The dynamics of pore structure were also amply demonstrated by imaging the nucleoplasmic basket that extends out from the nuclear envelope. When pores were imaged by atomic force microscopy and cryoelectron microscopy in the absence of Ca2+, baskets appeared closed. When the same baskets were imaged by atomic force microscopy after incubation in a Ca2+-containing buffer, the baskets opened in a manner suggestive of the dilation of an iris. This effect appears to be specific for Ca2+: Mg2+ does not open baskets. The molecular mechanism underlying the conformational change is not yet known, but Nup153p - a nucleoporin with a number of zinc-finger domains that might be responsible for Ca2+ binding - has been localized to the nucleoplasmic basket. How the changes in basket dynamics relate to the import process itself remains to be seen.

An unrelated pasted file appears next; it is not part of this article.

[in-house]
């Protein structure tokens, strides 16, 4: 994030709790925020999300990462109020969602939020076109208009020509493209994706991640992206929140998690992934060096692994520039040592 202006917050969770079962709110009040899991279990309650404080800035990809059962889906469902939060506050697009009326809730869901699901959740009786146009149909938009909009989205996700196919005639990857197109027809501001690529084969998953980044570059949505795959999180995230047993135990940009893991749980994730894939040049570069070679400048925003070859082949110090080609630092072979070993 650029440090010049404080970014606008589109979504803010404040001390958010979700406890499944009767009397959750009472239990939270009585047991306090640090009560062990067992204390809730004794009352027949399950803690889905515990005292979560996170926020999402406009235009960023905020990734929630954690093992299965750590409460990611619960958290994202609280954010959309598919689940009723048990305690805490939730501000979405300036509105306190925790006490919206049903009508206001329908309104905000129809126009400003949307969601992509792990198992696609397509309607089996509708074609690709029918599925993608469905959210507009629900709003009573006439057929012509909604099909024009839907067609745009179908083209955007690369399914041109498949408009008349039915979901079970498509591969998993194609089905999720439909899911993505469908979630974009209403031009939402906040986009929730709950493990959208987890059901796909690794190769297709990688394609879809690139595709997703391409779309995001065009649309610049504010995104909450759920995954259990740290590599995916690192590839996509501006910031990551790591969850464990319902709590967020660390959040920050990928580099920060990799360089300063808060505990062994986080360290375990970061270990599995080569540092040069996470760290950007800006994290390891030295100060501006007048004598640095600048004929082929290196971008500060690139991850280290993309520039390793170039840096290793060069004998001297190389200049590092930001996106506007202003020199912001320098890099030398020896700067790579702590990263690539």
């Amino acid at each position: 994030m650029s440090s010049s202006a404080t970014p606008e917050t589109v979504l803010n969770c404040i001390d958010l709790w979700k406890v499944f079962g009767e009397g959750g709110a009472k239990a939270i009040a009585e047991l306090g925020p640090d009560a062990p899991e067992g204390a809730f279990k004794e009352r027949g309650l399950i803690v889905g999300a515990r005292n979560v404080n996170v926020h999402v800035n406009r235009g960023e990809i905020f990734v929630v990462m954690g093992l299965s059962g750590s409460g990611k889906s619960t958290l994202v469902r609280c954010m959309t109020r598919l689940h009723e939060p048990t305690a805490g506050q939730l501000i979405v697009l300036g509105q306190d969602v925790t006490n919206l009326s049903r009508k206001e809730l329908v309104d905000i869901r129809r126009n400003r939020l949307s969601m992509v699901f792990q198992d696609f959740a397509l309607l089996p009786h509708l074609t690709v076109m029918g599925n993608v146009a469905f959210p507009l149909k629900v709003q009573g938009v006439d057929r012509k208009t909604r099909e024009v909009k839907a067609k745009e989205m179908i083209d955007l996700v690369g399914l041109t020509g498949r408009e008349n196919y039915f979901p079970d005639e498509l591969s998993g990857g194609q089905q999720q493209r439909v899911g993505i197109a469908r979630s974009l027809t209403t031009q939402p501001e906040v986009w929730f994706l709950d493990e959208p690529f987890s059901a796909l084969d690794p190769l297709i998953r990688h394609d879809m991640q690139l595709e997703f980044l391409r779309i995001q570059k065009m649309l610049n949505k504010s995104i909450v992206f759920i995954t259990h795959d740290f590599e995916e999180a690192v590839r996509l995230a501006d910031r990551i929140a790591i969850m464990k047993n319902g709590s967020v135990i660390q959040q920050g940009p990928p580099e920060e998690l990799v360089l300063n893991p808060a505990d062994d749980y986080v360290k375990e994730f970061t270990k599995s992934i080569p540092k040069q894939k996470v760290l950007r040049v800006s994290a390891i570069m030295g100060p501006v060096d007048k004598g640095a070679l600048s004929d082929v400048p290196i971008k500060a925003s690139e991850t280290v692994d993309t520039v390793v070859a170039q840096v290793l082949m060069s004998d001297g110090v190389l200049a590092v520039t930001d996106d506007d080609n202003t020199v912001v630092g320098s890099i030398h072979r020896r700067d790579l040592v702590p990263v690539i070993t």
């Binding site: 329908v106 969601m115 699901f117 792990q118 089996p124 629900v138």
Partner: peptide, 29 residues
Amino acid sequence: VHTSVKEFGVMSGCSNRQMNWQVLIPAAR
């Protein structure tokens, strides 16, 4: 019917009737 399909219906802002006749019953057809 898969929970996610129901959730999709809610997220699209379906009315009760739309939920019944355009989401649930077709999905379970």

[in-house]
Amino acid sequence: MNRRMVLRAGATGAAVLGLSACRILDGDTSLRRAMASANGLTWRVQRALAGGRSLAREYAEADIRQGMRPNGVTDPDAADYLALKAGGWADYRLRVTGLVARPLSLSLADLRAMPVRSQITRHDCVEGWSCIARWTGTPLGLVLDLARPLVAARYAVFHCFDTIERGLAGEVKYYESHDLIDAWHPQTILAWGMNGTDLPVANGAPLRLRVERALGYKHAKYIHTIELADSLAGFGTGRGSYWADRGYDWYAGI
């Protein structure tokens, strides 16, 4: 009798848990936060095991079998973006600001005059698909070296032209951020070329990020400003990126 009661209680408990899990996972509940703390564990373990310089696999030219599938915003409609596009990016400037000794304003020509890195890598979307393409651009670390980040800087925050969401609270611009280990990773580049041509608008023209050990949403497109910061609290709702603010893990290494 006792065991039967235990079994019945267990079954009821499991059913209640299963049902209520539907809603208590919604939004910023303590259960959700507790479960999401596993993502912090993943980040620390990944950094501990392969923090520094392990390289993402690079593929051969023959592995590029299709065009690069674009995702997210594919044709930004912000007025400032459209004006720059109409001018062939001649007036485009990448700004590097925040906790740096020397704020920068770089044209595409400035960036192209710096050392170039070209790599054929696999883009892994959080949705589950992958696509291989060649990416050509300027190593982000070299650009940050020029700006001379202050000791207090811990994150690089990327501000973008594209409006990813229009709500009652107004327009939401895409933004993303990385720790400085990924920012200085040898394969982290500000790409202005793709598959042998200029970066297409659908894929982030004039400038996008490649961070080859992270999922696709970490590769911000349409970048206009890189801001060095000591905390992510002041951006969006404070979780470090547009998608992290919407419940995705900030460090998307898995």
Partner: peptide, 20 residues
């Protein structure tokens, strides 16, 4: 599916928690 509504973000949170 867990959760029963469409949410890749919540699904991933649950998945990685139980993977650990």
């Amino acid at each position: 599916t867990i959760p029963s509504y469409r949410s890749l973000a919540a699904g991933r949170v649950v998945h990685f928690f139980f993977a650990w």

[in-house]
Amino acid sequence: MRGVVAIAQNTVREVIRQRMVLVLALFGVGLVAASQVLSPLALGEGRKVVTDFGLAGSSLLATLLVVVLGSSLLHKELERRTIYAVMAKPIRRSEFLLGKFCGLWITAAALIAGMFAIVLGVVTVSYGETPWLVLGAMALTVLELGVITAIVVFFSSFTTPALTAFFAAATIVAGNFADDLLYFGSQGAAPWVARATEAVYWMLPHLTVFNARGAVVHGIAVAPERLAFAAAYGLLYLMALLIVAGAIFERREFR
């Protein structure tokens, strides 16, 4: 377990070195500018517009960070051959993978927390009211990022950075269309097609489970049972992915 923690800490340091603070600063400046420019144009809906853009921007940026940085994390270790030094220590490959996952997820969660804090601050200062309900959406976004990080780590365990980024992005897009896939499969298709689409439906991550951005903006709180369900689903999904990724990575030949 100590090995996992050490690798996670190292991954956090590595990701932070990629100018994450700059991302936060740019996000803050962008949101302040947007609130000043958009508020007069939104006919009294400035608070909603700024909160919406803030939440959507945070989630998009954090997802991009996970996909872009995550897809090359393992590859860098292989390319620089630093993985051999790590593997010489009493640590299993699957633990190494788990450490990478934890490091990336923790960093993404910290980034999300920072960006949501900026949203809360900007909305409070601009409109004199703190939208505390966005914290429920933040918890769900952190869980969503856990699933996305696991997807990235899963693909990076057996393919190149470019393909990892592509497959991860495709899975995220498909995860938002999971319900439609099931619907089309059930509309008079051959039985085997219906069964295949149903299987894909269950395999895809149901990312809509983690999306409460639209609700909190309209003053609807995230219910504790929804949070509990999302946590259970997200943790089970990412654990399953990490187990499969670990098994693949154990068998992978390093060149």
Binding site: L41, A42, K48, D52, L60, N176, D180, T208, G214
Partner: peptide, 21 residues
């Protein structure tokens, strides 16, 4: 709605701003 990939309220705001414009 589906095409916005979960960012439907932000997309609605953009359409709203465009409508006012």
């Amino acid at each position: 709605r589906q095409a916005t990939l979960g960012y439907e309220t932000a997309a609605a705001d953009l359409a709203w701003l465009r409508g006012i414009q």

As well as forming a barrier between the cytoplasm and the nucleus, and regulating the transport of macromolecules between these two compartments, the nuclear envelope is implicated in a variety of other processes. Most recently, the gene that encodes emerin, a component of the nuclear lamina, has been identified as the site of a number of mutations associated with an X-linked form of muscular dystrophy known as Emery-Dreifuss muscular dystrophy (EDMD). Patients with this disease develop normally until early childhood when defects in the musculature appear. This striking phenotype has suggested a role for the nuclear lamina in myogenesis, possibly through an influence on the transcription of determinants of myogenesis. Is this due to a specific effect of emerin or a more general defect in nuclear envelope function? Point mutations in the single human gene that encodes nuclear lamins A and C cause an autosomal form of EDMD. Could the generation of defects in the nuclear lamina provide an animal model for EDMD? The answer to this question was presented by Teresa Sullivan (National Cancer Institute), who has generated a mouse lacking the lamin A/C gene.